Next, outline your educational background. As with your experience section, write your education entries in reverse-chronological order, starting with your most recent qualification. For each entry, mention the qualification type, the subject you studied, the institution's name and location. To save space in your CV, avoid including specific details about the modules you studied or any qualifications that aren't relevant to sports therapist roles. For instance, you may want to mention that you have an undergraduate or postgraduate degree in a sports-related subject, but you might want to avoid including details regarding your GCSEs and A-levels.

Related: A guide to 11 careers in sports (plus duties and salaries)

6. Mention your certifications

This final section is optional and involves mentioning any relevant certifications or memberships of professional organisations. For instance, you may want to mention any health or safety certifications you have, such as a first-aid certificate. Including these details can be a good way of demonstrating your commitment to this line of work to potential employers. When listing your certifications, mention the name of the certification, the awarding institution's name and the year you completed the course or when it expires.

Related: Personal trainer certification: types and requirements

7. Proofread your CV

Once you've completed your CV, ensure that you take the time to thoroughly proofread the document. This is a vital step as submitting an error-free document is a good way of making a positive impression on prospective employers.

To complete this step, wait a day or two before checking for spelling, grammatical or formatting errors, as this allows you to look at the document from a fresh perspective. Also, consider asking a close friend, colleague or family member to check the document for you. Doing this is a great way of identifying errors you may have missed while also gaining helpful feedback.

Related: 20 jobs in sports science (with salaries and duties)

Template CV for sports therapist roles

Here's a template CV for sports therapist roles that you can use to help you create your own:

[First name] [Last name], [Degree or certification if applicable]
[Phone number] | [Email address] | [City]

Professional summary
[Two to three sentences that highlight your years of experience, relevant skills, education or certifications and achievements as a professional.]

[Job title] | [Employment dates]
[Company name] | [City]

  • (Strong verb) + what you did (more detail) + reason, outcome or quantified results.

  • [Job duty]

  • [Job duty]

  • [Job duty]

  • [Job duty]

[Job title] | [Employment dates]
[Company name] | [City]

  • (Strong verb) + what you did (more detail) + reason, outcome or quantified results.

  • [Job duty]

  • [Job duty]

[Skill] | [Skill] | [Skill] | [Skill] | [Skill] | [Skill]

[Degree type and subject], [Name of university]

[Certification name], [Host organisation] - [Year completed or expiration date]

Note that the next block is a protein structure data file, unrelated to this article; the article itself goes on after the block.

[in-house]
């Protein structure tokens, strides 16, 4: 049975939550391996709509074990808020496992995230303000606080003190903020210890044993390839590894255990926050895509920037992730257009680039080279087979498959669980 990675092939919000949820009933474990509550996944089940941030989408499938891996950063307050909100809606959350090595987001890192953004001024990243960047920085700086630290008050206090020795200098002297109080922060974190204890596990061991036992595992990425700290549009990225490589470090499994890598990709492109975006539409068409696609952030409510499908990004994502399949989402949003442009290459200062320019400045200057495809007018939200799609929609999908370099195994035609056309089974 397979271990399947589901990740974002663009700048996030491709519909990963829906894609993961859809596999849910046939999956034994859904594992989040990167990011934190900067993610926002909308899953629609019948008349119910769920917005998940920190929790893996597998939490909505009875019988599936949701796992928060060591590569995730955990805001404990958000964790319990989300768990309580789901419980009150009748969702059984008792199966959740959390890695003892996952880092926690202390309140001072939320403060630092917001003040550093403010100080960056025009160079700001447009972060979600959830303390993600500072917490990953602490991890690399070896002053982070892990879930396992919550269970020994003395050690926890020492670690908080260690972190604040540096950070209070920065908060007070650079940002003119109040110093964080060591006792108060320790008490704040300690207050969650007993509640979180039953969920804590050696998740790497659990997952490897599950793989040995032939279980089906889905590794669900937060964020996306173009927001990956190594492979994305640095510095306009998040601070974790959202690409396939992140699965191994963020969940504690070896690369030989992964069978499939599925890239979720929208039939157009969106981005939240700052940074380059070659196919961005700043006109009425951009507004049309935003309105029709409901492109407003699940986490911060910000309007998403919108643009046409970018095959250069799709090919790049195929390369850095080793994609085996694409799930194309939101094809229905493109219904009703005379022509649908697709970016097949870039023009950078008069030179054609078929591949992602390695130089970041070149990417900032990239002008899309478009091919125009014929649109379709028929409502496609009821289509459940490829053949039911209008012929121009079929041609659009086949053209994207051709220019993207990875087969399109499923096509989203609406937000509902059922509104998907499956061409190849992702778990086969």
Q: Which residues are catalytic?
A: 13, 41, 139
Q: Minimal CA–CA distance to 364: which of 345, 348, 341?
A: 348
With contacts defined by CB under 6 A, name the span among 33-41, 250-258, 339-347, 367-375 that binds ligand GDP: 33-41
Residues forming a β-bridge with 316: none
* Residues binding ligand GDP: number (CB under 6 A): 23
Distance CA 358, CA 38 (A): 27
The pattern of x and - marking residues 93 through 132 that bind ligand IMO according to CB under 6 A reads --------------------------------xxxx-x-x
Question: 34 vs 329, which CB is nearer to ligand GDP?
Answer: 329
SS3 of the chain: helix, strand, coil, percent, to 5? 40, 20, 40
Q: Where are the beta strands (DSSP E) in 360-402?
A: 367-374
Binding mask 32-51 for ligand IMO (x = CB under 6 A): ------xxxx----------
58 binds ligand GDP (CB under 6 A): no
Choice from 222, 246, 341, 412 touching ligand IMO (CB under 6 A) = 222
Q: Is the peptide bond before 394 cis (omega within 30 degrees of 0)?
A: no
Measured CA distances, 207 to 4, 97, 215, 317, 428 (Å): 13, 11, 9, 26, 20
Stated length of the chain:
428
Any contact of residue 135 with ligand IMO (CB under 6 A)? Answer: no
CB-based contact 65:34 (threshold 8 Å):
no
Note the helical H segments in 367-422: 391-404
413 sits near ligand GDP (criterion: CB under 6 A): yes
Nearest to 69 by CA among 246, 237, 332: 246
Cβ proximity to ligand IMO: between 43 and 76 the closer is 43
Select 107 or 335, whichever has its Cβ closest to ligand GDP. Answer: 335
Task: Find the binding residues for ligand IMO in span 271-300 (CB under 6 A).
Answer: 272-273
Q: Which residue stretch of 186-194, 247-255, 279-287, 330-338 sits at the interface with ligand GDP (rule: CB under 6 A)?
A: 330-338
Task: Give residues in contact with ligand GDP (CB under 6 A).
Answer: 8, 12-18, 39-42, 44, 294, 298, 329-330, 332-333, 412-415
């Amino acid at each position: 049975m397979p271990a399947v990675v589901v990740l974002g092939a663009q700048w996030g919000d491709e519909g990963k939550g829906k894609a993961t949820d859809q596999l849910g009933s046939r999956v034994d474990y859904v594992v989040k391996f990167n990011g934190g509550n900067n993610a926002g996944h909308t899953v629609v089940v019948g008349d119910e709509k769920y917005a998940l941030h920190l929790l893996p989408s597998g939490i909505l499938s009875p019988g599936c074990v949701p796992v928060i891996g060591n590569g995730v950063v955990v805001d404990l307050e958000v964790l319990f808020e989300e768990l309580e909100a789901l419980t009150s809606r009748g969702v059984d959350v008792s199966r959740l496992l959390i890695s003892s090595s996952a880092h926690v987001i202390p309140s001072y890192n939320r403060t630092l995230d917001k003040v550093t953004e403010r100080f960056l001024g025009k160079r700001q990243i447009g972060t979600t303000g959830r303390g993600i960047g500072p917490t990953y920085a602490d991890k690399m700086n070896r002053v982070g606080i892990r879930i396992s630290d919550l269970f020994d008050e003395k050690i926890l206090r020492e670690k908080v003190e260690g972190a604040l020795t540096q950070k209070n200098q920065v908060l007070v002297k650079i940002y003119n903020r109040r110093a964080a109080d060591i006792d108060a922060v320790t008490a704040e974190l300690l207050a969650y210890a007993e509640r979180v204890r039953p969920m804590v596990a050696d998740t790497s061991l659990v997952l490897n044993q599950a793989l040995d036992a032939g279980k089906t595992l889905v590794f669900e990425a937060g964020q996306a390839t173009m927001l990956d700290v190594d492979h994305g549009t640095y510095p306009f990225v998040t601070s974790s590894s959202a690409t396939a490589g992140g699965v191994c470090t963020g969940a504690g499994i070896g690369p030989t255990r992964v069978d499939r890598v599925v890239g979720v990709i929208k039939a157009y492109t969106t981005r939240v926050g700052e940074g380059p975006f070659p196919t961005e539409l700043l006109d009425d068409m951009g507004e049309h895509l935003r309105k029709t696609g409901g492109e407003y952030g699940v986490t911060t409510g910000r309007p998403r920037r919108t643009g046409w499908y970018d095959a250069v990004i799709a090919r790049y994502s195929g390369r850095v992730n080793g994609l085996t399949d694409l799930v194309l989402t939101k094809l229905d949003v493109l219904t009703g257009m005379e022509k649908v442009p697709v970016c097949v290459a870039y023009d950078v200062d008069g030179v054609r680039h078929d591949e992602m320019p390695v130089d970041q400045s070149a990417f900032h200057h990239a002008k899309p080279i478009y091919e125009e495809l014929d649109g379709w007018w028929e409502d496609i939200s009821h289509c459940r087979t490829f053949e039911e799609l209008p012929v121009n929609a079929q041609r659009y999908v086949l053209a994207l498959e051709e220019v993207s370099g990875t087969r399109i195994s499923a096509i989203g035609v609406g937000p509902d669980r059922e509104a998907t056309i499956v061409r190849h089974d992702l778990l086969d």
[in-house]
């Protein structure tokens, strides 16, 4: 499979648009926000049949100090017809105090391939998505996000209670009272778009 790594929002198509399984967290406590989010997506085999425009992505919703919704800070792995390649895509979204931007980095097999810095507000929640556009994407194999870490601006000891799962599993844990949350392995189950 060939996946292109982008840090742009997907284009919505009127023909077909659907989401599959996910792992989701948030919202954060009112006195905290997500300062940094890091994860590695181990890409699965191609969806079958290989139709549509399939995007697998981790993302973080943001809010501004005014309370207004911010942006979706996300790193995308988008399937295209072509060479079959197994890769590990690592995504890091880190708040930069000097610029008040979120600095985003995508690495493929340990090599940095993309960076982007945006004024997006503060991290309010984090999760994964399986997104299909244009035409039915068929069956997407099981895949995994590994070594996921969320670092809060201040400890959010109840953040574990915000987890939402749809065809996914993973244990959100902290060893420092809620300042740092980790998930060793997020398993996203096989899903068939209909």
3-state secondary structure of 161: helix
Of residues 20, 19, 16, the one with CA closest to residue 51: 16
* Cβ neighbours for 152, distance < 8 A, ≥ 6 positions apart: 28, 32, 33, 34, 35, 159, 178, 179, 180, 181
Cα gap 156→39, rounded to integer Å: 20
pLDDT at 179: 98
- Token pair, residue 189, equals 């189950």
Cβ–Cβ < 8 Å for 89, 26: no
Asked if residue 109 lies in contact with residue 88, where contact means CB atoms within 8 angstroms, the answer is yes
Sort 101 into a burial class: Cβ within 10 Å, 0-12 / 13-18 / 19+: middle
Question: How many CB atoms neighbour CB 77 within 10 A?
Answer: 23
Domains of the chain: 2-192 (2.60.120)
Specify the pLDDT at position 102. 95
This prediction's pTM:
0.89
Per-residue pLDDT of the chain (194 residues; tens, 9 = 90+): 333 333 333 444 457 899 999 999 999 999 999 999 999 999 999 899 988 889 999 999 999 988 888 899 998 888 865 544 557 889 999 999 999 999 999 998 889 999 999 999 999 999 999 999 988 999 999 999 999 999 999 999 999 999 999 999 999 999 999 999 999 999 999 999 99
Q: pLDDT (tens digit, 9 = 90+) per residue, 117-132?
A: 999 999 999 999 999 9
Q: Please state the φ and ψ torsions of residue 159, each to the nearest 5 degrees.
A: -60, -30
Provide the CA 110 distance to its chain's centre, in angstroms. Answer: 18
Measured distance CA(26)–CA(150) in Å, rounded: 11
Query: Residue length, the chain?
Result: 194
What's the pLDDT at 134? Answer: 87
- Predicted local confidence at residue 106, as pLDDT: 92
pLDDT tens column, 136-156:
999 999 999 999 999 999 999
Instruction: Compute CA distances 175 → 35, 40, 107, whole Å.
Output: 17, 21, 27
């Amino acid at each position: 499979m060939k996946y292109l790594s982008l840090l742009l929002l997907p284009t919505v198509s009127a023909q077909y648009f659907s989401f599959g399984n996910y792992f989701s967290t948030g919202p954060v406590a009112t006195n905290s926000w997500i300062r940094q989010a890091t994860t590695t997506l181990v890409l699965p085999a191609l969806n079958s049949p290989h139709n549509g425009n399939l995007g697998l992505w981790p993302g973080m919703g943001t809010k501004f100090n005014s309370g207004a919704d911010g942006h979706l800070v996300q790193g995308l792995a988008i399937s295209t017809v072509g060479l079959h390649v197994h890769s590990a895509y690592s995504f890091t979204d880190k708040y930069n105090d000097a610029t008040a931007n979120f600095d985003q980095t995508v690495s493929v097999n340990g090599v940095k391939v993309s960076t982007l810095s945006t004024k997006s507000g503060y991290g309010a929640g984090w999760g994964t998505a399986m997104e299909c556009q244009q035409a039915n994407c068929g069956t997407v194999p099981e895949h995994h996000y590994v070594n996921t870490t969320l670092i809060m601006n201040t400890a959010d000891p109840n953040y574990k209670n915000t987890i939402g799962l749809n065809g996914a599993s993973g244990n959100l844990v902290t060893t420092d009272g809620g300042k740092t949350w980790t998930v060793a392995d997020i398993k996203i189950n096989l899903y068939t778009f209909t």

Related: How much does a sports therapist make? And how to earn more

Example CV for sports therapist roles

Here's an example CV for a sports therapist role:

George Smith, BSc in Sports Therapy
012344678901 | | London

Professional summary
Experienced sports therapist with five years of experience in working with top-ranked cricket and tennis teams, plus decades of experience in treating sports injuries for amateur players. Seeking a new role in London to improve my skills and knowledge in different sporting areas, such as swimming or football.

Sports therapist | January 2017–Current
Northernshire Sports Clinic | London

  • help patients recover from their sports-related injuries and return to play as soon as possible

  • assist the physiotherapy team by creating preventative regimes for players to prevent injuries

  • deliver high-quality injury rehabilitation services to players who are returning from long-term rest

  • offer coverage for events across the country by travelling with the national therapy team

  • implement new exercise regimes as part of the English cricket team's training

Sports therapist | December 2005–January 2017
Northernshire Private Clinic | Leeds

  • helped hundreds of amateur athletes to overcome their injuries and improve their sports performance

  • provided physiotherapy and rehabilitation treatment plans to restore patients' health

  • supported the sports therapy department's development

Junior sports therapist | December 2002–December 2005
Northernshire Private Clinic | Leeds

  • supported the sports therapy team by creating exercise plans for patients

  • treated patients with minor injuries and health concerns to improve their performance

  • monitored patients' progress to ensure the effectiveness of treatment plans

Advanced physiotherapy techniques | Nutritionist knowledge | Rehabilitation techniques | Motivational skills | Flexibility | Teamwork

BSc in Sports Therapy, Northernshire University

First-aid certification, Northernshire Health Academy - last completed in 2022

Please note that none of the companies, institutions or organisations mentioned in this article are affiliated with Indeed.

Disclaimer: The model shown is for illustration purposes only, and may require additional formatting to meet accepted standards.